The Emergence of large law firms in Japan : impact on legal professional ethics
Contributor(s)Macquarie University. Dept. of Business Law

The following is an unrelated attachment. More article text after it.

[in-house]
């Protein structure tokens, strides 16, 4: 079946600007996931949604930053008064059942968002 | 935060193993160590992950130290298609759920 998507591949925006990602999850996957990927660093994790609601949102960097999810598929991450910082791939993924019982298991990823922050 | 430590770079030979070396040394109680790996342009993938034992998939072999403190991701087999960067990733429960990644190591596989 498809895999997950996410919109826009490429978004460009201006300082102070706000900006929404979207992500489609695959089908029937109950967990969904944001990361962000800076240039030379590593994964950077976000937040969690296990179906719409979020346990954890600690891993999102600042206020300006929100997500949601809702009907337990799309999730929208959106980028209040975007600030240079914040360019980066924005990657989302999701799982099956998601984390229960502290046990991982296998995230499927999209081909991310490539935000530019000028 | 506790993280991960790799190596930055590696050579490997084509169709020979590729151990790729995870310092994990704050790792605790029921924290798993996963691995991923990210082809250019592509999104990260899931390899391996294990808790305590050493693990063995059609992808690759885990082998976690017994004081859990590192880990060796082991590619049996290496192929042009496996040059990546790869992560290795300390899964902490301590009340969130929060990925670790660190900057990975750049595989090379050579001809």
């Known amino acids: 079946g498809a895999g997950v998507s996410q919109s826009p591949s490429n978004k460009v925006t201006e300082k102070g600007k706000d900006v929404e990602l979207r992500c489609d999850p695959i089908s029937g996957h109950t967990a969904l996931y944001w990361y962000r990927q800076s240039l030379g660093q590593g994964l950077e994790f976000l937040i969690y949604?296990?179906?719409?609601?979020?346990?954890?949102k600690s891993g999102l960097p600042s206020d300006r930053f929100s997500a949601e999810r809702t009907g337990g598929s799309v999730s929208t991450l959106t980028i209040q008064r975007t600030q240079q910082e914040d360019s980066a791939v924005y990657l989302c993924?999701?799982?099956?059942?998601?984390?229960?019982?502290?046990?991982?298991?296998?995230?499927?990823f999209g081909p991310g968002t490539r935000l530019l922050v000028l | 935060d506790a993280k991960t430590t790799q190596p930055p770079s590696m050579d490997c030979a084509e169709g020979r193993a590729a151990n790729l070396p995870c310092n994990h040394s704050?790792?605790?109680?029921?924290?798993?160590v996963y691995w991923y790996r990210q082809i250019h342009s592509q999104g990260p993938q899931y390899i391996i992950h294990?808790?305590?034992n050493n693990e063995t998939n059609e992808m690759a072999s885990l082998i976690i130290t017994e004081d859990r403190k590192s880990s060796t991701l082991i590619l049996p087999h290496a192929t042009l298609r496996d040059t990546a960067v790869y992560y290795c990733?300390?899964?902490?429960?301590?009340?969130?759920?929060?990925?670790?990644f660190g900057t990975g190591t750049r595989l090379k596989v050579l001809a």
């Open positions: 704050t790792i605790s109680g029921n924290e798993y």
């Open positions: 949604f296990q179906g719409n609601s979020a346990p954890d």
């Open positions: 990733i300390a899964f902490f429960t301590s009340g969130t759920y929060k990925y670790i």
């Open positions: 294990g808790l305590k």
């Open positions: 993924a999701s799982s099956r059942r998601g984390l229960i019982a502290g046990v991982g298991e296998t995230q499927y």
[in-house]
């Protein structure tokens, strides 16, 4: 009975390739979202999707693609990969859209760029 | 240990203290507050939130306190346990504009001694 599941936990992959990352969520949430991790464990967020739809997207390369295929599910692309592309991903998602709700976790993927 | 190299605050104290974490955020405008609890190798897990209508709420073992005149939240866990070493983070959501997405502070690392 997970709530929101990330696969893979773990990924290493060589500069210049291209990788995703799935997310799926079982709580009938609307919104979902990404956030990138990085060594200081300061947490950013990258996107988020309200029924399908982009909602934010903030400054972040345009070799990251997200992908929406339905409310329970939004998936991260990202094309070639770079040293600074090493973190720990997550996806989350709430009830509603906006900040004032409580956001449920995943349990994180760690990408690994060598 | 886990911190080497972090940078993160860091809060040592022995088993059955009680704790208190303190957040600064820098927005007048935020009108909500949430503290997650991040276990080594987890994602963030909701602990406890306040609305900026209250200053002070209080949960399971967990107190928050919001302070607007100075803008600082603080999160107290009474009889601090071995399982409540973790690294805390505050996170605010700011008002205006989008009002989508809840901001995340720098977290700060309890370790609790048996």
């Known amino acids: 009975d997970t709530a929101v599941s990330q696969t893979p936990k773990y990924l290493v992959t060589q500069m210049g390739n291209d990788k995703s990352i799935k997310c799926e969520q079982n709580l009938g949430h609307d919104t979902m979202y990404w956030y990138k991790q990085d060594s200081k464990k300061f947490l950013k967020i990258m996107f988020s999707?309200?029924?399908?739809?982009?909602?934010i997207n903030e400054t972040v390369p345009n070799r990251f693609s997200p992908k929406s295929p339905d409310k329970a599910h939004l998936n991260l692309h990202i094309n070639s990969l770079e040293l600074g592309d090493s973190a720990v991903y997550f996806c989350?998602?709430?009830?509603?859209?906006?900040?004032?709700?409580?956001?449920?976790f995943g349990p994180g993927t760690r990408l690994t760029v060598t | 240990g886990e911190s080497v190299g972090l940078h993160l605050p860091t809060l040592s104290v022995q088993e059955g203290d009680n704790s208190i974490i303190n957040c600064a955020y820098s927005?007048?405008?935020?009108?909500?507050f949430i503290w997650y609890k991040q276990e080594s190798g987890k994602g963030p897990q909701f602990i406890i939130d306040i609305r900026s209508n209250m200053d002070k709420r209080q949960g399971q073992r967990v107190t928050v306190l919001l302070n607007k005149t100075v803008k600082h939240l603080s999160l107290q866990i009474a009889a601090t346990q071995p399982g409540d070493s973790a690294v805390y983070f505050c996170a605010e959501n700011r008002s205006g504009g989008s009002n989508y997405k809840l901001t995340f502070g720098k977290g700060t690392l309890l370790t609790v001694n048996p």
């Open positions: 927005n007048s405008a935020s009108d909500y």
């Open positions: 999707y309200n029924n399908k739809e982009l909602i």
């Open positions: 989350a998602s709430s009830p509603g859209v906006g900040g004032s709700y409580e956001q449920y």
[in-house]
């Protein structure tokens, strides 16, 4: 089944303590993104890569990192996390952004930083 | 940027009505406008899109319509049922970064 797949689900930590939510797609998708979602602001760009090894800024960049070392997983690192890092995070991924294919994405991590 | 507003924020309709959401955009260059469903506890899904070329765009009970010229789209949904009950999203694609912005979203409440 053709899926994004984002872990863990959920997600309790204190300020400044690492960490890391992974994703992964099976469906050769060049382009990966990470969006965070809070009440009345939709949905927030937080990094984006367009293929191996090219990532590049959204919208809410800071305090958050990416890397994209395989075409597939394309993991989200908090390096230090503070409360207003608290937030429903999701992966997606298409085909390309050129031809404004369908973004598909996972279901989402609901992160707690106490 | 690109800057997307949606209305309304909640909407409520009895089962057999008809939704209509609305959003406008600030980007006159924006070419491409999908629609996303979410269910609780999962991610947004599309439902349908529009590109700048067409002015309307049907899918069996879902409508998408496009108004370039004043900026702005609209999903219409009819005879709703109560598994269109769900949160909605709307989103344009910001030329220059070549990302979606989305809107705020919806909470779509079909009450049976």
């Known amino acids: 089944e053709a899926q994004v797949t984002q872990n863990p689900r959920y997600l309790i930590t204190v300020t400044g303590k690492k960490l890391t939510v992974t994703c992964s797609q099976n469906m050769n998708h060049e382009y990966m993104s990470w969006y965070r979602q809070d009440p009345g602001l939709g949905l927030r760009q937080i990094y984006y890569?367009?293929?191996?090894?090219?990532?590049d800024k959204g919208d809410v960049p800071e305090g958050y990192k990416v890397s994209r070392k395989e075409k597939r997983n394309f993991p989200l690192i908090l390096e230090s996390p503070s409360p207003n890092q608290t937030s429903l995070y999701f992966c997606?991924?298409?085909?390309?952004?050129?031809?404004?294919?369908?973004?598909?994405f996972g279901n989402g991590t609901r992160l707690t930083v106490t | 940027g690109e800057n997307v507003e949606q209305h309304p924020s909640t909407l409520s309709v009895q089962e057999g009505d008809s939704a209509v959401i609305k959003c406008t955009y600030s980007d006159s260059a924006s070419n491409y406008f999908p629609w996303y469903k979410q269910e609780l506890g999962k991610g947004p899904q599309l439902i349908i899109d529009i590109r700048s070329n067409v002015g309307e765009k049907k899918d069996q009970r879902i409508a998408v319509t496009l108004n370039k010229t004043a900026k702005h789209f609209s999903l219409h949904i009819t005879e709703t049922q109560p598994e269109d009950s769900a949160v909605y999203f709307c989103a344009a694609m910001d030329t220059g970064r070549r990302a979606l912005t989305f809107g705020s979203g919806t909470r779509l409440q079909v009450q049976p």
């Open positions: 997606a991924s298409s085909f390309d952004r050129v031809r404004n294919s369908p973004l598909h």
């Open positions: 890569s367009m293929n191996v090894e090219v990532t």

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AbstractThe profession of lawyers (bengoshi) in Japan has been characterised by the low numbers of practitioners and the non-existence of large law firms. However, recent years have seen the emergence of large commercial law firms as a result of mergers, substantial in-take of newly admitted bengoshi, and lateral hiring. This article explores the impact of such developments on legal professional ethics in Japan. The phenomenon of the emergence of large law firms will be discussed first, followed by a brief overview of the Japanese regulatory regime on bengoshi's ethics. The article will then analyse the new ethical risks using a framework of four of the six legal ethical norms identified by Hazard and Dondi: competence, loyalty to client, confidentiality, and independence. The Japanese legal education and training system have defects in nurturing candidates for a commercial law practice. In addition the large law firms' substantial in-take of newly admitted bengoshi puts in doubt the sustainability of their practice of in-house training to date, and raises concern about the issue of "competence". At the same time, as a result of the "consolidation" at the top end of the legal market and the largest firms' substantial expansion in size, the risk of conflict of interest becomes acute. Activated lateral movement aggravates the tension between the need for regular conflict-checking and disclosure and the duty of confidentiality. Individual bengoshi's professional independence in a large-firm setting is also a concern. The significant expansion in firm-size may lead to a "tournament-to-partnership", which has potential far-reaching implications on the large-firm bengoshi's ethical approach. Last but not least, there is also the potential risk that large law firms may exercise influence over the profession due to their significant proportion of membership in local bar associations.